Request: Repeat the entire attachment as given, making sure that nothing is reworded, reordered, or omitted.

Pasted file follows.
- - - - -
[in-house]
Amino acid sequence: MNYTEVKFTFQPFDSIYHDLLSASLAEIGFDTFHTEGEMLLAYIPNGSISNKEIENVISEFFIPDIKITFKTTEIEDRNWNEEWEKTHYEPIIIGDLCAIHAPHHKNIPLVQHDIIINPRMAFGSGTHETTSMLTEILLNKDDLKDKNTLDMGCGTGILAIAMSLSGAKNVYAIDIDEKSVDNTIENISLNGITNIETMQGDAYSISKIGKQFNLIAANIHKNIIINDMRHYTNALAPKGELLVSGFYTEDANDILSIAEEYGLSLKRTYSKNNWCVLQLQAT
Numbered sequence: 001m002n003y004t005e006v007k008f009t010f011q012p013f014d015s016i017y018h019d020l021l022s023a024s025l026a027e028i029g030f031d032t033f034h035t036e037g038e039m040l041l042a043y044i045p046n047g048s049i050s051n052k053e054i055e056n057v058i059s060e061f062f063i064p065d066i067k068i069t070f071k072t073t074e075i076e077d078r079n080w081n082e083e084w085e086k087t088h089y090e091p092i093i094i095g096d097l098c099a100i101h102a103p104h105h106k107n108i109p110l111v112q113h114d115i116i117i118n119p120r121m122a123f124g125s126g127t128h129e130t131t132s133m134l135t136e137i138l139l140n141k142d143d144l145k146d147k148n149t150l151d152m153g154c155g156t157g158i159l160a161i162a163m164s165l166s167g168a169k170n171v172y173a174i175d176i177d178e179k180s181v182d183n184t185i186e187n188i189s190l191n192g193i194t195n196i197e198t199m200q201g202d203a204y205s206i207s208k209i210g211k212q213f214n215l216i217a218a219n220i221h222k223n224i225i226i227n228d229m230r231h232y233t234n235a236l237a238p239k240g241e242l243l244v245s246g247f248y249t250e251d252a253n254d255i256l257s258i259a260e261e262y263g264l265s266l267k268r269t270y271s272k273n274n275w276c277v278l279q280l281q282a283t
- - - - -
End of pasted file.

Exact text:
[in-house]
Amino acid sequence: MNYTEVKFTFQPFDSIYHDLLSASLAEIGFDTFHTEGEMLLAYIPNGSISNKEIENVISEFFIPDIKITFKTTEIEDRNWNEEWEKTHYEPIIIGDLCAIHAPHHKNIPLVQHDIIINPRMAFGSGTHETTSMLTEILLNKDDLKDKNTLDMGCGTGILAIAMSLSGAKNVYAIDIDEKSVDNTIENISLNGITNIETMQGDAYSISKIGKQFNLIAANIHKNIIINDMRHYTNALAPKGELLVSGFYTEDANDILSIAEEYGLSLKRTYSKNNWCVLQLQAT
Numbered sequence: 001m002n003y004t005e006v007k008f009t010f011q012p013f014d015s016i017y018h019d020l021l022s023a024s025l026a027e028i029g030f031d032t033f034h035t036e037g038e039m040l041l042a043y044i045p046n047g048s049i050s051n052k053e054i055e056n057v058i059s060e061f062f063i064p065d066i067k068i069t070f071k072t073t074e075i076e077d078r079n080w081n082e083e084w085e086k087t088h089y090e091p092i093i094i095g096d097l098c099a100i101h102a103p104h105h106k107n108i109p110l111v112q113h114d115i116i117i118n119p120r121m122a123f124g125s126g127t128h129e130t131t132s133m134l135t136e137i138l139l140n141k142d143d144l145k146d147k148n149t150l151d152m153g154c155g156t157g158i159l160a161i162a163m164s165l166s167g168a169k170n171v172y173a174i175d176i177d178e179k180s181v182d183n184t185i186e187n188i189s190l191n192g193i194t195n196i197e198t199m200q201g202d203a204y205s206i207s208k209i210g211k212q213f214n215l216i217a218a219n220i221h222k223n224i225i226i227n228d229m230r231h232y233t234n235a236l237a238p239k240g241e242l243l244v245s246g247f248y249t250e251d252a253n254d255i256l257s258i259a260e261e262y263g264l265s266l267k268r269t270y271s272k273n274n275w276c277v278l279q280l281q282a283t